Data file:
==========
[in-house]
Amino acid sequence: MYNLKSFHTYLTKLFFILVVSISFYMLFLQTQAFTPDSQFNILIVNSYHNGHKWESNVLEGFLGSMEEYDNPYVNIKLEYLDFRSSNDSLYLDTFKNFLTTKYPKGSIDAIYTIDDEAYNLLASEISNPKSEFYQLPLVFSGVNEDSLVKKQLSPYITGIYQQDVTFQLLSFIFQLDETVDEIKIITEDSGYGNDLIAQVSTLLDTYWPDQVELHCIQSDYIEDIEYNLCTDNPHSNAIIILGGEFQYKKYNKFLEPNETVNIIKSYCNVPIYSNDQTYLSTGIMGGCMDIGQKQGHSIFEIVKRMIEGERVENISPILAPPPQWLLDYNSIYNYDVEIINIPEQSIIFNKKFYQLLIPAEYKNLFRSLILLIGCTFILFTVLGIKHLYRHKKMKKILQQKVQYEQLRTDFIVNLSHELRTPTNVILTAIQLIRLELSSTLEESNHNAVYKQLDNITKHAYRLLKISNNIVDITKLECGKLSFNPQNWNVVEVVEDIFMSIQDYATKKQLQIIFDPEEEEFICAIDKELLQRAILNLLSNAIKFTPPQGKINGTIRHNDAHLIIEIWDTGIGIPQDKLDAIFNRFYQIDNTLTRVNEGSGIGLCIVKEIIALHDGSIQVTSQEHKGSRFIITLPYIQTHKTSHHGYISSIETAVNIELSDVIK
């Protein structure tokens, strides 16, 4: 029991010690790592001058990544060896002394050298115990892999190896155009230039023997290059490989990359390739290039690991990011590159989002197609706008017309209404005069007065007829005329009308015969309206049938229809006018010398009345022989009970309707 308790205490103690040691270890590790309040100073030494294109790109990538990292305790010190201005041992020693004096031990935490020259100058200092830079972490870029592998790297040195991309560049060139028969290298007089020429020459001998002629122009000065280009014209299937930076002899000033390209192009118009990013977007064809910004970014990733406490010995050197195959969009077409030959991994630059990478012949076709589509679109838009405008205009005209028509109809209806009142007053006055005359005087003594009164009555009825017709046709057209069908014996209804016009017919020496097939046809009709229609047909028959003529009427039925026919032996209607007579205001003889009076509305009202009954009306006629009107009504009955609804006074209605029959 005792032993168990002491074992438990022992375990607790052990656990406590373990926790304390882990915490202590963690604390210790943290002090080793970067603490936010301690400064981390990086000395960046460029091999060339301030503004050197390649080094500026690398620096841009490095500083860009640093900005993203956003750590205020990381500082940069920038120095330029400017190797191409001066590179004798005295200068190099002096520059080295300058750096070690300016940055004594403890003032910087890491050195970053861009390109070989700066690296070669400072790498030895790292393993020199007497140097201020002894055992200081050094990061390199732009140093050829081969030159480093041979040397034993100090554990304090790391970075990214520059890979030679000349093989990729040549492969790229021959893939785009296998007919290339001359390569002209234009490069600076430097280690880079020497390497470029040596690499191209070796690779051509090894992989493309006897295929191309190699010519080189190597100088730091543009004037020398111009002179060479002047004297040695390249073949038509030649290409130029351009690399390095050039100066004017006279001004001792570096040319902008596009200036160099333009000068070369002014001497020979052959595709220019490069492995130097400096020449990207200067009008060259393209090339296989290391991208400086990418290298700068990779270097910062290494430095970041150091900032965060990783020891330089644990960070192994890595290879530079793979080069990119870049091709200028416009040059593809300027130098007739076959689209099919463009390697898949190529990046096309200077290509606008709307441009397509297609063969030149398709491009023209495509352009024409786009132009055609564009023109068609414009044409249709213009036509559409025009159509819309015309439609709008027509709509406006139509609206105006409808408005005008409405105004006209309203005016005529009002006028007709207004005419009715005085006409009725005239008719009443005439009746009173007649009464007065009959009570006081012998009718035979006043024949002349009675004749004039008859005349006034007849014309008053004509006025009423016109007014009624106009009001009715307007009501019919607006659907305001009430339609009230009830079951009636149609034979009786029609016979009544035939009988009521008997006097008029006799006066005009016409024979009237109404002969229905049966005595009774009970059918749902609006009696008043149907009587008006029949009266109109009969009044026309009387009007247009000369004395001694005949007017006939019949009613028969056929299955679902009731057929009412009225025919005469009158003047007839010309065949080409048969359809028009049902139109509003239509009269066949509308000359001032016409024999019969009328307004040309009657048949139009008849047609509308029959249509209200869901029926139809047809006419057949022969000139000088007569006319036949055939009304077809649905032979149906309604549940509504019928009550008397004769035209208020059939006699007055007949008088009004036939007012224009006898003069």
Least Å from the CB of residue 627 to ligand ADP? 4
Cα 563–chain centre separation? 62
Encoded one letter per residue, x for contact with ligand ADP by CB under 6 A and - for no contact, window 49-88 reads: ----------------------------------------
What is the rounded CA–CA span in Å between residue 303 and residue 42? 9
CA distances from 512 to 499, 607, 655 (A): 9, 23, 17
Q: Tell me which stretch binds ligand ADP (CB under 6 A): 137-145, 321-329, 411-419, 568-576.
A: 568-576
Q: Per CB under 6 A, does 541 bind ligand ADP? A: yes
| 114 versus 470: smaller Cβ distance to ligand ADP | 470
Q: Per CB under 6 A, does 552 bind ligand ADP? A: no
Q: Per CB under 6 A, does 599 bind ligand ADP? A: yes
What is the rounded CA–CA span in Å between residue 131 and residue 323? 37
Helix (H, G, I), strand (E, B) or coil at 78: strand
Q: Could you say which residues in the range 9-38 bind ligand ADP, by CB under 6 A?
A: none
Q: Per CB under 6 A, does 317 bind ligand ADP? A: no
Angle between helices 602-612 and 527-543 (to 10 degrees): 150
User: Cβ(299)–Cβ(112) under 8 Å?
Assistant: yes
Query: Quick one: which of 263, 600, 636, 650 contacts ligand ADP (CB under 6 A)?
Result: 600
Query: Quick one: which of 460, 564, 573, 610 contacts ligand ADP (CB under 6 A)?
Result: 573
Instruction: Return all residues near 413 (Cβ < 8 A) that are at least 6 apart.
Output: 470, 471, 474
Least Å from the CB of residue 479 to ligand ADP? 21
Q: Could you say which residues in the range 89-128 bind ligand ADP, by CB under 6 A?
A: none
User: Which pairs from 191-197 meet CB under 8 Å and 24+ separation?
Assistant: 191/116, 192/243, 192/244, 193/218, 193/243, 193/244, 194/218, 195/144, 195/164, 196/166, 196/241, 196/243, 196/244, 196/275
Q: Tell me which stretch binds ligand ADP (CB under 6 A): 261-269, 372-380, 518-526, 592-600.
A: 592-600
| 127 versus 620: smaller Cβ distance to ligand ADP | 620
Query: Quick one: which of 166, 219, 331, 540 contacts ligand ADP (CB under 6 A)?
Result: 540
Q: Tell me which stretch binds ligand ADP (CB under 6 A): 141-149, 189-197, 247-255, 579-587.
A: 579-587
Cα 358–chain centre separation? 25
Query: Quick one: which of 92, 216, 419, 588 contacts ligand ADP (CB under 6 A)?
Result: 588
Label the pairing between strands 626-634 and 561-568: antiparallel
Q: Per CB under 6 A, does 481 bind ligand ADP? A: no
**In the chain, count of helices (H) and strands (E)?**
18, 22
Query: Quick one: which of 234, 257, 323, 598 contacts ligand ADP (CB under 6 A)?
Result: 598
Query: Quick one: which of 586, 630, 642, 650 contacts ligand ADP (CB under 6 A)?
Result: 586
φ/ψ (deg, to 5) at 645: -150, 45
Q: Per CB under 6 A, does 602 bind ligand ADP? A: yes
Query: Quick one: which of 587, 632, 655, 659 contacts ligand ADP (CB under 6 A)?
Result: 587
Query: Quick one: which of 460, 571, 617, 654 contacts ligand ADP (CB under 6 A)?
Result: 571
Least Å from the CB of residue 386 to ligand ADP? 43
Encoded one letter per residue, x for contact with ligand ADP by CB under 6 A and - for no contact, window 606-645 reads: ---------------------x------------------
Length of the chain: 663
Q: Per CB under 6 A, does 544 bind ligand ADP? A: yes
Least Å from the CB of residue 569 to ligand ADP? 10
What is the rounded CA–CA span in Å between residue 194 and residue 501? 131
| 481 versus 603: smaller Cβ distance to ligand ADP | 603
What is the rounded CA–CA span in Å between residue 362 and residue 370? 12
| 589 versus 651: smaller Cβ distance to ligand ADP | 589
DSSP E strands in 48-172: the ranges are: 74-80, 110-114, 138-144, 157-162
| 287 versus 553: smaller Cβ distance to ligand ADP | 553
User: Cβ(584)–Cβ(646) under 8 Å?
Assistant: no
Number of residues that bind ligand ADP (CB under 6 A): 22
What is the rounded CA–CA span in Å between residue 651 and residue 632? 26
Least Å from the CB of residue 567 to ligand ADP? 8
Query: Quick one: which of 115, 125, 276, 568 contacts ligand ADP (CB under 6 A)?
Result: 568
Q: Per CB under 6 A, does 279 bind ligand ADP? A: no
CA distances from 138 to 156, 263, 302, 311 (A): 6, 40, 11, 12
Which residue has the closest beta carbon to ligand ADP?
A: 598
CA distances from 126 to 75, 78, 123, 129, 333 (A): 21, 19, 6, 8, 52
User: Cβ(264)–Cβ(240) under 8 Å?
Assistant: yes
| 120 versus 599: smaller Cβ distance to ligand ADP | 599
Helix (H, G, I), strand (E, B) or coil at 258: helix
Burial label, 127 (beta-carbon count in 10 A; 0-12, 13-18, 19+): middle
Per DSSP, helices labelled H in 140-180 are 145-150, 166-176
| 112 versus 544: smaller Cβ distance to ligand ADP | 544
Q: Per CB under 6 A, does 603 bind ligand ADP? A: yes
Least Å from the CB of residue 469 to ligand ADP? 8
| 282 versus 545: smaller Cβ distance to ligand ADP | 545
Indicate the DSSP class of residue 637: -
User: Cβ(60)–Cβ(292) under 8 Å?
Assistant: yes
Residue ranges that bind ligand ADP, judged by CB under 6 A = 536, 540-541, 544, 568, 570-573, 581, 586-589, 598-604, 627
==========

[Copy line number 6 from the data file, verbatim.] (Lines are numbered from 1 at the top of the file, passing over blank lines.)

Encoded one letter per residue, x for contact with ligand ADP by CB under 6 A and - for no contact, window 49-88 reads: ----------------------------------------